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By Andrew Dawes

Remembrance 2020 seems so very different this year, and I’m actually a bit worried that Remembrance is being forgotten. Here I am writing an article to help remind everyone, and it’s only just occurred to me that I haven’t yet bought a poppy!

We know it won’t be possible for the large crowds to gather at the Cenotaph on Whitehall, and our very own star bugler Larry Coles won’t be playing the haunting sounds of the ‘Last Post’ and ‘Reveille’ alongside the mayor of Bath. St Bart’s can’t host the popular community service in the Memorial Gardens next to the Co-op and our wreath has been laid privately. All feels rather sad.

Nevertheless, we are really grateful to Alex Williams for braving the wind and rain at the weekend and laying out a field of poppies on the church lawn – the evocative sight is really spectacular, and has resulted in lots of locals taking photos.

This afternoon I had a chat with a second year Physics student who had put down his heavy shopping bags to take a look. He had a massive smile on his face. He said his older brother was in the RAF and he had wanted to send him through a picture or something to warm his heart – the poppy field was perfect!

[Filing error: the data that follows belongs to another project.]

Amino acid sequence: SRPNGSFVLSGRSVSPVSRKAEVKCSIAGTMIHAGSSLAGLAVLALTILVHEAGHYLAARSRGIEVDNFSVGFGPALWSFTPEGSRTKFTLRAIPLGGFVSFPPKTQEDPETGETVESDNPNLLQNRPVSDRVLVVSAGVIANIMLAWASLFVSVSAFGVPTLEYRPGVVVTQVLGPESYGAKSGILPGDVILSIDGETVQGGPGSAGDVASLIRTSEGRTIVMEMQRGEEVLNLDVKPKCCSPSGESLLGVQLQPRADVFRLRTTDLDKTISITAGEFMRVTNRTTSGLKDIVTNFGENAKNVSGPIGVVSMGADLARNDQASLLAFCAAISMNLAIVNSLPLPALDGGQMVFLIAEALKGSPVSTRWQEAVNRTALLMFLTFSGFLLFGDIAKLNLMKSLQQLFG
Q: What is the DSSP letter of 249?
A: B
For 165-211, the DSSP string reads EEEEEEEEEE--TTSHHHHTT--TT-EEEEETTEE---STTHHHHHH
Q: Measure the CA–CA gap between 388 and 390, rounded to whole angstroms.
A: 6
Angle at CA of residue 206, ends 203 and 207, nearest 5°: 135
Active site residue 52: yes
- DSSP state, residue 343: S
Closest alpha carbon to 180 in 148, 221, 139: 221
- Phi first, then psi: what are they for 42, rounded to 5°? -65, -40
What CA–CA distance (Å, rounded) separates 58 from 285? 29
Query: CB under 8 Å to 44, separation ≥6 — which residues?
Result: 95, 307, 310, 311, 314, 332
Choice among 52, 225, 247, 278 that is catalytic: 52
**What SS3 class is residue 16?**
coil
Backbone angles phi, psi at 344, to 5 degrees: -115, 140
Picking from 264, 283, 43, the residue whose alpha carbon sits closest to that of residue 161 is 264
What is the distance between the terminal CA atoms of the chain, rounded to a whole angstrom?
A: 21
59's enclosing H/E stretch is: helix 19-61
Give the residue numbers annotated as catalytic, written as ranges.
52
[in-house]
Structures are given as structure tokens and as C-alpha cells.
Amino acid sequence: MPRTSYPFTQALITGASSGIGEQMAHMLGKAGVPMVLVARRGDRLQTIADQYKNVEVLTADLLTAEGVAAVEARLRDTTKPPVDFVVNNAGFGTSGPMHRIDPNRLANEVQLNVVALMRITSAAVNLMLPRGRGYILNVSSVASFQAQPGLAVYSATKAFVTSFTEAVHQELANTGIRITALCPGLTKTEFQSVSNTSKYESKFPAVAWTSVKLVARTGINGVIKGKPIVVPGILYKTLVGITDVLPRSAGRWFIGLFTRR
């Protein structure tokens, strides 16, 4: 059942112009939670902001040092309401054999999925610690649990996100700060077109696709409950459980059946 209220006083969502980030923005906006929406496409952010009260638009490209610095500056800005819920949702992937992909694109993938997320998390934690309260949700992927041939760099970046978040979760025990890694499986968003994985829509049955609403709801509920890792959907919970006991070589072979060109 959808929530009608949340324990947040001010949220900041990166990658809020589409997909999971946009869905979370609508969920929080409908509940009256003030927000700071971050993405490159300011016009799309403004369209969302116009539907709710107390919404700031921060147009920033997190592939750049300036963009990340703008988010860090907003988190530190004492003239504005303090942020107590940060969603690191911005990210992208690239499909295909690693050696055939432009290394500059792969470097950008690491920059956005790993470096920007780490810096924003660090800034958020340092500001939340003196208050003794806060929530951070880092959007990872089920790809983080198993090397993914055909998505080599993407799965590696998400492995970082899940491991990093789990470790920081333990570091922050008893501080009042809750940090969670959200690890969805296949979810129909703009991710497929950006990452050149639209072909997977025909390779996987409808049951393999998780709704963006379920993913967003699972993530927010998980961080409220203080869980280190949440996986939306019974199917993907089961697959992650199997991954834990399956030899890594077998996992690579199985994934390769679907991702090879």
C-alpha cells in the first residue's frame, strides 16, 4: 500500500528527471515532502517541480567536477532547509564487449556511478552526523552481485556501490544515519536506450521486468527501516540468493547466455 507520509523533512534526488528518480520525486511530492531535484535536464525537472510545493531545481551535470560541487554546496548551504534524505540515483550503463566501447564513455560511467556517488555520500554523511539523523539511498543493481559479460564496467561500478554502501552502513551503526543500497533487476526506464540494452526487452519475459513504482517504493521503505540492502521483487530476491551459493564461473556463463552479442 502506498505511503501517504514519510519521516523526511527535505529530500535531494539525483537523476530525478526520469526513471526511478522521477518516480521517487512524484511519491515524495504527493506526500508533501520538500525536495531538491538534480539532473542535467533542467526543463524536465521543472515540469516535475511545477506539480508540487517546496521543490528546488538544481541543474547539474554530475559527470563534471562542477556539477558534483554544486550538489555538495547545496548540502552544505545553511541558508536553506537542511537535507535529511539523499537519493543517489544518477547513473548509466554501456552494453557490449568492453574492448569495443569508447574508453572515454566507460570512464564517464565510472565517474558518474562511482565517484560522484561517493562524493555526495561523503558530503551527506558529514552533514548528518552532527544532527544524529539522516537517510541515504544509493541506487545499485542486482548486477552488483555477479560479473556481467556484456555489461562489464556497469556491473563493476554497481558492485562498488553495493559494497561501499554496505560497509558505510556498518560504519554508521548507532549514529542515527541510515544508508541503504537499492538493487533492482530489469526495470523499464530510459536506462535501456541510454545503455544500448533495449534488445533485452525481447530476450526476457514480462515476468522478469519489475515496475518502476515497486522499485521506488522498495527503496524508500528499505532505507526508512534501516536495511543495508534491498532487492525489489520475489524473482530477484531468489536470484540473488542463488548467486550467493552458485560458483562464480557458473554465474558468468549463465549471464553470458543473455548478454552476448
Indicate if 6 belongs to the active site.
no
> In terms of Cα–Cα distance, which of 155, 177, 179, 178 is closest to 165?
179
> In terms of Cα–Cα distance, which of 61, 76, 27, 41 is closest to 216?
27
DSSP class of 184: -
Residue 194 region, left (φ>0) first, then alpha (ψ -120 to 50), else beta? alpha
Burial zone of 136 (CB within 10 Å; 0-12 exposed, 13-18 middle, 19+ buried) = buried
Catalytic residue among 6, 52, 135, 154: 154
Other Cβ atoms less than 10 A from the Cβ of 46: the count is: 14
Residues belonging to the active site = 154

We got chatting about the Bath Blitz of 1941 and 1942 when the Luftwaffe targeted cultural and historical sites rather than those of industrial, military and strategic value. Tragically those bombing raids resulted in a Bath death toll of 417 people, including those crouching in a shelter on Third Avenue. Roughly 1,100 buildings in the city were seriously damaged or destroyed. Those of you who know your St Bart’s history, will recall that the church took a direct hit on 25 April 1942. The very big bomb crashed through and destroyed the entire roof, exploded and blew out the poorly built east wall. Records from the time state that the next morning a note was pinned to the door of the gutted church which read ‘Resurgam’ – ‘I will arise’. The parishioners were determined St Bart’s would indeed rise again. Ten years later the new building was completed and a service of thanksgiving was held.

We wandered inside, and I showed Phil the Physicist the historical plaques at the back of the church, and he took another picture for his brother. He then asked me if I feared death from Covid (I think he thought I was quite old). I said I was definitely not looking forward to the process of dying, but we read together John 11 v 25 where Jesus says: “I am the resurrection and the life. The one who believes in me will live, even though they die’’. A personal ‘Resurgam’! He said he would also send the Bible passage to his brother.

‘Resurgam’ has been swilling round in my brain, and I invite you to do some swilling. I think it reminds us that sometimes we have to go through really tough times, but that a new and better day will one day dawn. Wars, pandemics and death will all be blown away by that awesome and glorious day of resurrection. This track by Faith Hill can’t really capture the brilliance of it all, but if you can cope with country and western at high volume give it a blast:

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